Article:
a part ot the world, an active, moving,
aggressive part. He fought Its great bat
tlee and he fought them In the open nd
they were real battles, too. Kdwsid Rose
water did not know how to tight a sham
be' tie. Pretense was a stranger to htm and
to his chsraeter.
My friends, It doet not matter to much
what a man says he believes, but It doet
mstter much what hit belief actually Is.
And there never was any doubt In the mind
of the public about what the beliefs and
the convictions of yonder Man were; end,
measured by this the eupremest test of a
man's character sincerity Edward Roee
water stood pre-eminent, the topmost man
amongst a million.
But. friends, the trait of this man
character about which the 'least has been
said and written, and that which first
drew me irresistibly toward him, wat his
sympathy for the, young man struggling
In this life. Perhtpt all of you don't
know It, but the young fellow out yonder
In the world, lighting ror existence, hun
gert and yearns for the encouragement
and sympathy of men like him, who hnd
already Worf the battle of life. I never
went to thla man disheartened and- dis
couraged that he did not give me hope.
His-face waa always bright with courage.
With him the word was always forward,
and upward.
Personally thla man had been my best
friend for yeare, and my best friend this
year of all the friends I had. 1 saw him
the day be let for his Journey to the
old world. He talked over all those mat
ters that liav been mentioned here.
There never has been a personal contest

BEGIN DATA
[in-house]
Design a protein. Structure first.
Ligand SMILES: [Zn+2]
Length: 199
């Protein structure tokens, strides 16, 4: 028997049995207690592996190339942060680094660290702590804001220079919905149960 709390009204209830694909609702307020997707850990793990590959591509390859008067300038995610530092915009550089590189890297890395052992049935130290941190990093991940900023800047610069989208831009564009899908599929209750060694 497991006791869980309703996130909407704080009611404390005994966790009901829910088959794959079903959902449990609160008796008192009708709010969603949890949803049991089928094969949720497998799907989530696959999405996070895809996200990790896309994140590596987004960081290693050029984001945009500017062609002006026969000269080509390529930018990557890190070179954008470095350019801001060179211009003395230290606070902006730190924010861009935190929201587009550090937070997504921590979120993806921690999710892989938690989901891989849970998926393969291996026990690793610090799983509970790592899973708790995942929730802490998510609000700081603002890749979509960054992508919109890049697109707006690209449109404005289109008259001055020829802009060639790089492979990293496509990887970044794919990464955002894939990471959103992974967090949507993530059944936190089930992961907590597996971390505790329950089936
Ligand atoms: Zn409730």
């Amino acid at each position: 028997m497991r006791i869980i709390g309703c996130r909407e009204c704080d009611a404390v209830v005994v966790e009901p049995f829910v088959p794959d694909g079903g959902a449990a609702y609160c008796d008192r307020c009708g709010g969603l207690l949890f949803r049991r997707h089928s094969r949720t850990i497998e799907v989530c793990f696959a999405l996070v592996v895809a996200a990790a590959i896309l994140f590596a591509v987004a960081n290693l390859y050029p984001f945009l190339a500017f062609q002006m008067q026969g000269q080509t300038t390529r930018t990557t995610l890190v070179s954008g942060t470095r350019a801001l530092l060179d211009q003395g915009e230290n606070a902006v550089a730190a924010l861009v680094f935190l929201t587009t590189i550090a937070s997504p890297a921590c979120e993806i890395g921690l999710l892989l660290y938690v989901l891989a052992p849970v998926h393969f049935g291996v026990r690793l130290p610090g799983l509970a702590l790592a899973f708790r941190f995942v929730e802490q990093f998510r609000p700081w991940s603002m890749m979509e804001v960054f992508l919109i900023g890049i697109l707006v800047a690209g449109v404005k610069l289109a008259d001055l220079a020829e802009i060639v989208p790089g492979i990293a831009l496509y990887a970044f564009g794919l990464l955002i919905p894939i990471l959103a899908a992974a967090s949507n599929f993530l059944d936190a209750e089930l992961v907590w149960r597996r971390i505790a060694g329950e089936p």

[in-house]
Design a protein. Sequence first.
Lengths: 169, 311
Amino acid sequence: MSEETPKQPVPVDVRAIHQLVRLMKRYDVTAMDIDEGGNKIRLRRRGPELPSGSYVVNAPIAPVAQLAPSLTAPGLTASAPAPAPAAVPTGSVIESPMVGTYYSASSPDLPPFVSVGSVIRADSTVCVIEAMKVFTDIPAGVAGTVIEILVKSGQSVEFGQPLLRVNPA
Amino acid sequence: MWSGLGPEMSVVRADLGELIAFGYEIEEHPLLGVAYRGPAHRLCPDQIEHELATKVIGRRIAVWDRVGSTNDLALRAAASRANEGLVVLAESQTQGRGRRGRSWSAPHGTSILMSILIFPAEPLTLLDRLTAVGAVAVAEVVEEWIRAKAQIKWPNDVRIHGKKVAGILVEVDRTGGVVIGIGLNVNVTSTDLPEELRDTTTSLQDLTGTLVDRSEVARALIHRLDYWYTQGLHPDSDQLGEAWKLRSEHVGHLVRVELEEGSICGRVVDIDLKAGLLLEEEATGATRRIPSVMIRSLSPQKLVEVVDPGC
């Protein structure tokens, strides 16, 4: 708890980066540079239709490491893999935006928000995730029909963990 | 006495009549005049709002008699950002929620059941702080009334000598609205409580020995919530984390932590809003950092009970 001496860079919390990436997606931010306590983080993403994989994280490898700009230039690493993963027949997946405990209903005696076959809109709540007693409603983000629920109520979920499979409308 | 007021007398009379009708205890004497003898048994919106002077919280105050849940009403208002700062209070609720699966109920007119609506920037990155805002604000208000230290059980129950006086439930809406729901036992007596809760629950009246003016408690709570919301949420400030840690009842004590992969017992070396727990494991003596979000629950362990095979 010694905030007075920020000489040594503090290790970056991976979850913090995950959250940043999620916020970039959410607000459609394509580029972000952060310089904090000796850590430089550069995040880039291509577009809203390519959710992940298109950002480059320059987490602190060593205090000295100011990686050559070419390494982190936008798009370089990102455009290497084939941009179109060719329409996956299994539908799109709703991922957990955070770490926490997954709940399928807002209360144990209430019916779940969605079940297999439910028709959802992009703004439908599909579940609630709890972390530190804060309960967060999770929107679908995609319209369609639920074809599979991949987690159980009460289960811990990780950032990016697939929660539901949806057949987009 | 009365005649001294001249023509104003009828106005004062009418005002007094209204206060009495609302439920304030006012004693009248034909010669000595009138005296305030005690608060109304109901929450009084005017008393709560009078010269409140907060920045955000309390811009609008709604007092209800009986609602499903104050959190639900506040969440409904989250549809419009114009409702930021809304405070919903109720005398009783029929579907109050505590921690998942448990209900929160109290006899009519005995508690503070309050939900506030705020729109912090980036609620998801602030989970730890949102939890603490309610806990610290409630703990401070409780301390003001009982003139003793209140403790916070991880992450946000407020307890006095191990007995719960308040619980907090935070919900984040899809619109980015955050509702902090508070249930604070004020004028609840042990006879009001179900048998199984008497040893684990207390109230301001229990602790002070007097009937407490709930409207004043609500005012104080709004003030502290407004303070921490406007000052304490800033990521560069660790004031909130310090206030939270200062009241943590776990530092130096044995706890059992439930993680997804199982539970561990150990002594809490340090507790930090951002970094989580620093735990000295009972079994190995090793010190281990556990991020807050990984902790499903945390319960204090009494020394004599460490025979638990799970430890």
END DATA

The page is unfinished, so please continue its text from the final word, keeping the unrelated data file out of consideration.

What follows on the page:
between that man and tne. 1 have testi
fied In public to his superior ability and
qualifications, and I believe his sinccri'y
wss the brightest trait of his character.
My friends, I am mourning him aa you.
his personal friends, mourn nlm, and If I
were to pay a single tribute to this man,
if I were permitted to lay but one flower
upon his casket. It would be a flower
which is deecrlbed In verse: He had a
warm, kind heart, snd.he had a helping
hand for the young men In this world.
. President Lininger I want to Introduce
Mr. CoweU, one of the most Intimate
friends of Mr. Roaewater, who knows him
In a commercial way, aa well aa politically
and otherwise. , ,
. Mr. t'bwell Show Feel I a.
Mr. Cowell also ahowtd.deep emotion ot
he spoke:
Mr. President, Fellow Citltene. Friend
ot fcdwaro Roeewater:
I can hardly trust myself to etand be
fore you and pay a last tribute to thlt
great man who was my friend.
Someone haa said that in the forward
march nf th.i human race it is effort that
counts and not attainment, and that In-j
N a k. -1 1. - nlnria i t la fa V
icaiiil ui nine gtiiTj K'-'- v
th Ktne of complet. realisation. Stand
ing her before the bier of tne oeaa ana
looking Into the faces or his friends and
neiahbors 1 would not Indulge in fulsome
flattery, tor flattery cannot toothe tne
dull, cold ear of death. Springing from
the loins of the common people tnit man t
ear was ever open to hear tne cry ot ais-rroaa-
hla hand waa ever ready to relieve
the afflicted. I knew him well. 1 have
met him from day to day; 1 have asso